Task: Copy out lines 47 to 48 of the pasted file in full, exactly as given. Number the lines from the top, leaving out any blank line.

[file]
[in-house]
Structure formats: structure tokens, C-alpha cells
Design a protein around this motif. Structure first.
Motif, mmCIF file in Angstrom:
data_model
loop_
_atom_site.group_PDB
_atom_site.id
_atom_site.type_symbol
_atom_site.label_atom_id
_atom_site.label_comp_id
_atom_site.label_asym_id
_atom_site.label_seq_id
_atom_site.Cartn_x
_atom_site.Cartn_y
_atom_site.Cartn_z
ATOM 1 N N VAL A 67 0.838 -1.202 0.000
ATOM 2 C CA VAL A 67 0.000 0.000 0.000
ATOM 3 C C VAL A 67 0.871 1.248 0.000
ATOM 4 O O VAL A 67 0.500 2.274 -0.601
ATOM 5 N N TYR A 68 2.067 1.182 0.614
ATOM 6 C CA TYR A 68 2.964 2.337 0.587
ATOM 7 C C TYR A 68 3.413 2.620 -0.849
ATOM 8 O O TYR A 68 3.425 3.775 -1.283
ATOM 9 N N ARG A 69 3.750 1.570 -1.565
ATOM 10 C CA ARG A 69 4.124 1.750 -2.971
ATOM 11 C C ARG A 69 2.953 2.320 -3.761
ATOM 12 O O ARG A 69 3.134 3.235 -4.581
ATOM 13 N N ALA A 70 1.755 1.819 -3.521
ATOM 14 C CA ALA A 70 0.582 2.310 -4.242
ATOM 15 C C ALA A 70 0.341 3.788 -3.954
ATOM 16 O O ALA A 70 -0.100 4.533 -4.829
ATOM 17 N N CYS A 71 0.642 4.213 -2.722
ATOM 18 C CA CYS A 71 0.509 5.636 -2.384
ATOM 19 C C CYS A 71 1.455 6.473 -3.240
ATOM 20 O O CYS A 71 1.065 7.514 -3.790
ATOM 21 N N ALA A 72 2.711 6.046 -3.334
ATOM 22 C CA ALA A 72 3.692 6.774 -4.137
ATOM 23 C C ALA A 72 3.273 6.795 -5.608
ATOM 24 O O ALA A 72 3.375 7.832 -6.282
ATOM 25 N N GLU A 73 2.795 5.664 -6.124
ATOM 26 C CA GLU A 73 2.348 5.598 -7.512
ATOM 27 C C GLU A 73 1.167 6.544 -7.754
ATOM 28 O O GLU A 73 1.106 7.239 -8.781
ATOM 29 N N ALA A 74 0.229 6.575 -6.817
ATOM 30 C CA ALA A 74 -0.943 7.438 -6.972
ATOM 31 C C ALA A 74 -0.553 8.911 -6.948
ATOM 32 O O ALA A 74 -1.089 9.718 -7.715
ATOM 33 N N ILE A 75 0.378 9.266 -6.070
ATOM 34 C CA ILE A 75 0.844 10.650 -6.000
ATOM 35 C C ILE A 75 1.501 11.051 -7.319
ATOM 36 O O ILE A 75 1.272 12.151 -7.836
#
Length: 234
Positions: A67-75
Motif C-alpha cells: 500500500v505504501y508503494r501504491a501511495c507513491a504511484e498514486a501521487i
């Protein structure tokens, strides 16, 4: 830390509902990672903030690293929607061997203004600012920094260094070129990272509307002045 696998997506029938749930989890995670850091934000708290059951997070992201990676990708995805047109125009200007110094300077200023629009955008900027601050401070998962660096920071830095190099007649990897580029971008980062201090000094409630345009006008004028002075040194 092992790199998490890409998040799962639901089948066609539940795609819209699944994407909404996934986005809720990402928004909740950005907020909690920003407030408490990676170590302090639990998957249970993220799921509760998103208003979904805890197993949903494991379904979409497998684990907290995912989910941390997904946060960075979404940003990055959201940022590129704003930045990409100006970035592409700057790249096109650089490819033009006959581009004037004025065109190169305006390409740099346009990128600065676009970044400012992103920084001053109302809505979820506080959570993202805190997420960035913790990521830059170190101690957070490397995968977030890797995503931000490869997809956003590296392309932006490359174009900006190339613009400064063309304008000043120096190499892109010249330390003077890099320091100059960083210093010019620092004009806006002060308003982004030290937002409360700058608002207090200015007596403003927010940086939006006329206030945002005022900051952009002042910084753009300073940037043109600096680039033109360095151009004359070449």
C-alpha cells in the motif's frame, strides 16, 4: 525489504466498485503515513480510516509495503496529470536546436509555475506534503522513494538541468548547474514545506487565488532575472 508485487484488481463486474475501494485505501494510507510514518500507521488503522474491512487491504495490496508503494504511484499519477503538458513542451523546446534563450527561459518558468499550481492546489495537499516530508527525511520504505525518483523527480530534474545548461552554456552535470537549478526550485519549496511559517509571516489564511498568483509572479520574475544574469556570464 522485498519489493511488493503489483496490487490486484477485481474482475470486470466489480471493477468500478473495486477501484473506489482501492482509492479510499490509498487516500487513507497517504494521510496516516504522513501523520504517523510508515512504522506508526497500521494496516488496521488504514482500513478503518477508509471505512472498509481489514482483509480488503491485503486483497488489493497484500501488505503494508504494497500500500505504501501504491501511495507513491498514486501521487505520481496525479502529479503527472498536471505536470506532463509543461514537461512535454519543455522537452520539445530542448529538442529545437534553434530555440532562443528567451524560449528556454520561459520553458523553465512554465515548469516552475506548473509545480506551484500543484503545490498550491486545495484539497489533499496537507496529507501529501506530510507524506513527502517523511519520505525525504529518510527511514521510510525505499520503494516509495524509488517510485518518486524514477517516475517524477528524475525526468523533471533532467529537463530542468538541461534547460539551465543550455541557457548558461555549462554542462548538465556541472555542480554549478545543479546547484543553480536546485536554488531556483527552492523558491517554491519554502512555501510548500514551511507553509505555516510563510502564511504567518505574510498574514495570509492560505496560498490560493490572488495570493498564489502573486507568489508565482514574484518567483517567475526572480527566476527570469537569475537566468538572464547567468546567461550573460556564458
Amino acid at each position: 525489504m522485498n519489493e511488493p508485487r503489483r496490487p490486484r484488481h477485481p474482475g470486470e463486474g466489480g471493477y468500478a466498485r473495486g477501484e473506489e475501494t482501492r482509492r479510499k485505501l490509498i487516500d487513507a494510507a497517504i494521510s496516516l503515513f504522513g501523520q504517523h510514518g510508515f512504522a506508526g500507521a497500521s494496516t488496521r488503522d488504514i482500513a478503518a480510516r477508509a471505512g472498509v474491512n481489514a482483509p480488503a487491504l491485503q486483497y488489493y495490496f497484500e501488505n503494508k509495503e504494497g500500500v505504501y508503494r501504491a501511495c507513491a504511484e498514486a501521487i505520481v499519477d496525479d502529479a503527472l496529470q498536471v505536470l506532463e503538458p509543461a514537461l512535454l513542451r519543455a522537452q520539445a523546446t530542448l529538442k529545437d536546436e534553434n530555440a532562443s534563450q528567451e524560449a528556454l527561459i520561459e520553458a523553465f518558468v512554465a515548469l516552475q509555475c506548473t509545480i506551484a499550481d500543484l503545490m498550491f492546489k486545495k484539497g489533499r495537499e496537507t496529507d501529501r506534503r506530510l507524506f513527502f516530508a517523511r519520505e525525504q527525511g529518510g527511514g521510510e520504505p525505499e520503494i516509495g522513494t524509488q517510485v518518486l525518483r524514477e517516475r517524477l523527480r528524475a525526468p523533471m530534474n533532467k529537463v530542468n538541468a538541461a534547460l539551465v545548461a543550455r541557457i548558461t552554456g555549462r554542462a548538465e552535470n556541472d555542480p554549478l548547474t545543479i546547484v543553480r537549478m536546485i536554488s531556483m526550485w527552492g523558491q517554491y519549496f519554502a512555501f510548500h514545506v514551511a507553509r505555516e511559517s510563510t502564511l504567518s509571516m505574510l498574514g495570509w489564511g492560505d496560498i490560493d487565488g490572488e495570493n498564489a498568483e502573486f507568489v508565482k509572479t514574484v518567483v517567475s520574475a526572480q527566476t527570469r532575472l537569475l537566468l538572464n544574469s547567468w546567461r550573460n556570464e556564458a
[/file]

ATOM 31 C C ALA A 74 -0.553 8.911 -6.948
ATOM 32 O O ALA A 74 -1.089 9.718 -7.715